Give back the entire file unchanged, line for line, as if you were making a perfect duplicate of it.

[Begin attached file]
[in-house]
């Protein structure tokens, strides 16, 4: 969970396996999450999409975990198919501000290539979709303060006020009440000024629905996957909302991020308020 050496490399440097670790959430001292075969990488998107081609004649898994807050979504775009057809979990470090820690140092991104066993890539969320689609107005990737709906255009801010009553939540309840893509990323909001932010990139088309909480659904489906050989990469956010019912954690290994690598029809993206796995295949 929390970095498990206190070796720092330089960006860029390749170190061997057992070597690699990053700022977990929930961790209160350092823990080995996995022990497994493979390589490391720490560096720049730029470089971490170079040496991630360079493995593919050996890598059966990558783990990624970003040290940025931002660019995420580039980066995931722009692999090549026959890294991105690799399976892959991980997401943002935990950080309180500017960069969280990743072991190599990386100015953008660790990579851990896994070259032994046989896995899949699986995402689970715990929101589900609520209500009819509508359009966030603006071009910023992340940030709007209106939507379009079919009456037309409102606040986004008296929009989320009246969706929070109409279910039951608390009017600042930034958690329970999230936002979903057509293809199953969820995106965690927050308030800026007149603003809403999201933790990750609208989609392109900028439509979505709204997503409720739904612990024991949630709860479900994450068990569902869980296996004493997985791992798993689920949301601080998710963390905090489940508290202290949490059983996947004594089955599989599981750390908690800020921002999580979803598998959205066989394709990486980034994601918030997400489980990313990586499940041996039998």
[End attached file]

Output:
[in-house]
């Protein structure tokens, strides 16, 4: 969970396996999450999409975990198919501000290539979709303060006020009440000024629905996957909302991020308020 050496490399440097670790959430001292075969990488998107081609004649898994807050979504775009057809979990470090820690140092991104066993890539969320689609107005990737709906255009801010009553939540309840893509990323909001932010990139088309909480659904489906050989990469956010019912954690290994690598029809993206796995295949 929390970095498990206190070796720092330089960006860029390749170190061997057992070597690699990053700022977990929930961790209160350092823990080995996995022990497994493979390589490391720490560096720049730029470089971490170079040496991630360079493995593919050996890598059966990558783990990624970003040290940025931002660019995420580039980066995931722009692999090549026959890294991105690799399976892959991980997401943002935990950080309180500017960069969280990743072991190599990386100015953008660790990579851990896994070259032994046989896995899949699986995402689970715990929101589900609520209500009819509508359009966030603006071009910023992340940030709007209106939507379009079919009456037309409102606040986004008296929009989320009246969706929070109409279910039951608390009017600042930034958690329970999230936002979903057509293809199953969820995106965690927050308030800026007149603003809403999201933790990750609208989609392109900028439509979505709204997503409720739904612990024991949630709860479900994450068990569902869980296996004493997985791992798993689920949301601080998710963390905090489940508290202290949490059983996947004594089955599989599981750390908690800020921002999580979803598998959205066989394709990486980034994601918030997400489980990313990586499940041996039998």